FAQ
Okay, so this isn't necessarily about Go however Go is garbage collected so
it does pertain to Go programs.

I have been listening to talks on a few different topics because I am
researching the best technology I could use for my various client/server
needs and I came across what I think may be a great idea to orient programs
towards. Now I am not a professional developer and I am not sure about many
common practices but bear with me and please leave feedback.

So, we are garbage collected. We live in a world of memory that gets
reallocated over and over, but at what cost? It obviously imposes speed and
efficiency issues, why let GC take control of my program to clean up my
mess? It less obviously limits overall computing power by putting stress on
other running programs to handle memory surges from careless allocation.

Can we think of a better way? Have we already done it? What about stacks
and unchanging storage?
Let's say I have use seven arrays, the largest of which was 100 bytes. We
only ever need two at a time in any function in our program and only one of
them stores persistent data. We can define one to hold the persistent data
and two for temporary data.

arrPerm := make([]byte, 100)
arrTempA := make([]byte, 100)
intTempABound := 100
arrTempB := make([]byte, 100)
intTempBBound := 100 // These bound ints are for checking a bound that is
lower if we don't need all 100 bytes

getInput(arrPerm) //An input function that puts our needed data in the
persistent storage.
func sort(input, tempA, tempB []byte) {
push(tempA)
defer pop(tempA)
push(tempB)
defer pop(tempA)
// Sort operations
return
}


This is an overly simple example but what do you think?

--
You received this message because you are subscribed to the Google Groups "golang-nuts" group.
To unsubscribe from this group and stop receiving emails from it, send an email to golang-nuts+unsubscribe@googlegroups.com.
For more options, visit https://groups.google.com/groups/opt_out.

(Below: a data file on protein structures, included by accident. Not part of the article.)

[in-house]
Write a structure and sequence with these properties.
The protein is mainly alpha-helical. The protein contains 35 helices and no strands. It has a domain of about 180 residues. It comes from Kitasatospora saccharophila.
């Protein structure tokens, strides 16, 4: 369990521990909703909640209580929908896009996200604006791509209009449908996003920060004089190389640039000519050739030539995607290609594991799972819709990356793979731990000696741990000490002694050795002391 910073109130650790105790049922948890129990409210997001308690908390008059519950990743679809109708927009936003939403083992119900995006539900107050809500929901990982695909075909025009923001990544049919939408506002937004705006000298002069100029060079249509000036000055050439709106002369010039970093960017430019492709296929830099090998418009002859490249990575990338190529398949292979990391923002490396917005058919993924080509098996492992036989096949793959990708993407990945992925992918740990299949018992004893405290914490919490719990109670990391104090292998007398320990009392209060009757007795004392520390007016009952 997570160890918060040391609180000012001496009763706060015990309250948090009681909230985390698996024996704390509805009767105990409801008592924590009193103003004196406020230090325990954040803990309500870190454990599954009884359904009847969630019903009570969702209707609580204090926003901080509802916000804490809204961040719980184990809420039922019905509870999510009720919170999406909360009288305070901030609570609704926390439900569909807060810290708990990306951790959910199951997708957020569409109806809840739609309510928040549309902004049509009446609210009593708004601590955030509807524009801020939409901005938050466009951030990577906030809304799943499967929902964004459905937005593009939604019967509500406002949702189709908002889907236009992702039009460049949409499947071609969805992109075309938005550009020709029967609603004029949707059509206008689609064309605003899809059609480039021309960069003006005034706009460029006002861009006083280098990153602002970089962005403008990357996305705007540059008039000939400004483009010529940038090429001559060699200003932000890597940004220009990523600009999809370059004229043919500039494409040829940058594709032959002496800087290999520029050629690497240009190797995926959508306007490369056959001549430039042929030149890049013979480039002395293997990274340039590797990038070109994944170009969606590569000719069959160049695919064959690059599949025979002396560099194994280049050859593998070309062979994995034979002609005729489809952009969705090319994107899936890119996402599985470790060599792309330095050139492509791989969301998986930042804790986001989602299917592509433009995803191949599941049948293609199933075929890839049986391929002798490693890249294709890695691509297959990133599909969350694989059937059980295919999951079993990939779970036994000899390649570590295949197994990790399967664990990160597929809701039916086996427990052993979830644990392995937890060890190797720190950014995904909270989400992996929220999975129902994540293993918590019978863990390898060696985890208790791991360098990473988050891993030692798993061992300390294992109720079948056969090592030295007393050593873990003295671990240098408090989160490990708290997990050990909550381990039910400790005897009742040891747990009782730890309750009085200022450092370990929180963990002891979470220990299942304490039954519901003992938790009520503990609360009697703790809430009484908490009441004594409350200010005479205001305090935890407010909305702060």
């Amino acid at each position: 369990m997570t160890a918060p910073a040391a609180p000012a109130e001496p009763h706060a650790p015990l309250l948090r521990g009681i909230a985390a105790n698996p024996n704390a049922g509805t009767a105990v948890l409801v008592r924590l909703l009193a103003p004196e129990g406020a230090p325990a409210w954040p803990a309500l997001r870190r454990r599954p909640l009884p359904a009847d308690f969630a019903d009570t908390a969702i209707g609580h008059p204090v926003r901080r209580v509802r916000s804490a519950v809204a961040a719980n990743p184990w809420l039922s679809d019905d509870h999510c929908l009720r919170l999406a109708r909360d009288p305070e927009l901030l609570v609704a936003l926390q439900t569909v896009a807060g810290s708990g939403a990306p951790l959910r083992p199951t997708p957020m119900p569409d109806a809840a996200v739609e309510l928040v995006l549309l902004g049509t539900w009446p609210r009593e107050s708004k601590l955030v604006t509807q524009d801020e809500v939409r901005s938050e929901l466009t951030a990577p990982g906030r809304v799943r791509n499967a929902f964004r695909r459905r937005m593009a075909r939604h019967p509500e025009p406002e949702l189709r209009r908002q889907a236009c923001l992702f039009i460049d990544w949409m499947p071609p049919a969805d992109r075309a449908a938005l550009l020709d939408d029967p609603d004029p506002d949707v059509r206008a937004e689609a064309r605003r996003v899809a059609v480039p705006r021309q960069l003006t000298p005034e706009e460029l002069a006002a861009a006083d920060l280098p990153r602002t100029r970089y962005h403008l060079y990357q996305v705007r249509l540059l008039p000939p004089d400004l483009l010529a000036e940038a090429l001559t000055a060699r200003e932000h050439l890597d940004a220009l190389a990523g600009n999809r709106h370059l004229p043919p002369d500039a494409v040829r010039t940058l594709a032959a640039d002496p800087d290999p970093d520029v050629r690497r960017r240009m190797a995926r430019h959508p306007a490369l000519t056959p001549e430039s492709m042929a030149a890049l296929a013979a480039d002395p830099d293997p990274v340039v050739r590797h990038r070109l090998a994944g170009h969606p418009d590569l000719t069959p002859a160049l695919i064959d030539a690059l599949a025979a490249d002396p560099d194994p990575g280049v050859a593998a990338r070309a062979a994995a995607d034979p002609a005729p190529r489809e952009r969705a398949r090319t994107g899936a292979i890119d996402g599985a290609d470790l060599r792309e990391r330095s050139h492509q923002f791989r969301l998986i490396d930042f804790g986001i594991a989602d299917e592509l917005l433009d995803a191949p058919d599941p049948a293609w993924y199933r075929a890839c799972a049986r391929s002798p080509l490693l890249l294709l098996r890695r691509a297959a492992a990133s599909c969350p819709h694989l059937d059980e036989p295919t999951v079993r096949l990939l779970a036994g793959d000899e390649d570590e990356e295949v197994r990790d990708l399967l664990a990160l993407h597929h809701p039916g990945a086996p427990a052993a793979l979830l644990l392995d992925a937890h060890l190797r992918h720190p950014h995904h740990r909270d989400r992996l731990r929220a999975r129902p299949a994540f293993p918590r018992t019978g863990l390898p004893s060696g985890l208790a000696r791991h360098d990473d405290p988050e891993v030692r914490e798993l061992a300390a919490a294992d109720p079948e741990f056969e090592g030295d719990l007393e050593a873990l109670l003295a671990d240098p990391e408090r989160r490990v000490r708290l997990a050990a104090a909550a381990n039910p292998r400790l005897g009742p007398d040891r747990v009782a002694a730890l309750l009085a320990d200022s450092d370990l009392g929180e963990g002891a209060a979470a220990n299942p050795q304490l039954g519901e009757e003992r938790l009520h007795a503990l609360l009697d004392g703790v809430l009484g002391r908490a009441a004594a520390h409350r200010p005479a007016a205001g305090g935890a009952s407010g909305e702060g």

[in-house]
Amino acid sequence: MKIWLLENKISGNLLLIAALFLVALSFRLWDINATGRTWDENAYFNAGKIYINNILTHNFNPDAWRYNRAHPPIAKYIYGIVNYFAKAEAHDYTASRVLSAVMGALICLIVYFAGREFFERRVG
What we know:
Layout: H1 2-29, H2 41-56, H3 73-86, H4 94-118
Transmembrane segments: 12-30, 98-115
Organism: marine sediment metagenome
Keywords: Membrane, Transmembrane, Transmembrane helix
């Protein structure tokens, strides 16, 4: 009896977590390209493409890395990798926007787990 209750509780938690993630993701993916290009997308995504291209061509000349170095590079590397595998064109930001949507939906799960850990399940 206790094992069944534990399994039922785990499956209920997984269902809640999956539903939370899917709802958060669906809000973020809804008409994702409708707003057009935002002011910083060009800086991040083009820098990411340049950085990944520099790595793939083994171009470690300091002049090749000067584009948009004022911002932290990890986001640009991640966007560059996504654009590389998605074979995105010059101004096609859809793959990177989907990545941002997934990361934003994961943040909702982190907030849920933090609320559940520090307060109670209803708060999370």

Search Discussions

  • Kyle Lemons at Feb 14, 2013 at 4:46 pm
    I'm not sure what you are suggesting; yes, if you are finding that your
    program is generating too much garbage, you should work on either creating
    less of it or using a pool allocator of some sort. In general, though, in
    a concurrent program it is difficult to know who is responsible for
    cleaning up an object and putting it back into the pool. That's why Go is
    garbage collected: if it were easy to do it yourself, it wouldn't be
    necessary.

    On Wed, Feb 13, 2013 at 5:39 PM, Steven Rice wrote:

    Okay, so this isn't necessarily about Go however Go is garbage collected
    so it does pertain to Go programs.

    I have been listening to talks on a few different topics because I am
    researching the best technology I could use for my various client/server
    needs and I came across what I think may be a great idea to orient programs
    towards. Now I am not a professional developer and I am not sure about many
    common practices but bear with me and please leave feedback.

    So, we are garbage collected. We live in a world of memory that gets
    reallocated over and over, but at what cost? It obviously imposes speed and
    efficiency issues, why let GC take control of my program to clean up my
    mess? It less obviously limits overall computing power by putting stress on
    other running programs to handle memory surges from careless allocation.

    Can we think of a better way? Have we already done it? What about stacks
    and unchanging storage?
    Let's say I have use seven arrays, the largest of which was 100 bytes. We
    only ever need two at a time in any function in our program and only one of
    them stores persistent data. We can define one to hold the persistent data
    and two for temporary data.

    arrPerm := make([]byte, 100)
    arrTempA := make([]byte, 100)
    intTempABound := 100
    arrTempB := make([]byte, 100)
    intTempBBound := 100 // These bound ints are for checking a bound that is
    lower if we don't need all 100 bytes

    getInput(arrPerm) //An input function that puts our needed data in the
    persistent storage.
    func sort(input, tempA, tempB []byte) {
    push(tempA)
    defer pop(tempA)
    push(tempB)
    defer pop(tempA)
    // Sort operations
    return
    }


    This is an overly simple example but what do you think?

    --
    You received this message because you are subscribed to the Google Groups
    "golang-nuts" group.
    To unsubscribe from this group and stop receiving emails from it, send an
    email to golang-nuts+unsubscribe@googlegroups.com.
    For more options, visit https://groups.google.com/groups/opt_out.

    --
    You received this message because you are subscribed to the Google Groups "golang-nuts" group.
    To unsubscribe from this group and stop receiving emails from it, send an email to golang-nuts+unsubscribe@googlegroups.com.
    For more options, visit https://groups.google.com/groups/opt_out.

Related Discussions

Discussion Navigation
viewthread | post
Discussion Overview
groupgolang-nuts @
categoriesgo
postedFeb 14, '13 at 1:39a
activeFeb 14, '13 at 4:46p
posts2
users2
websitegolang.org

2 users in discussion

Steven Rice: 1 post Kyle Lemons: 1 post

People

Translate

site design / logo © 2022 Grokbase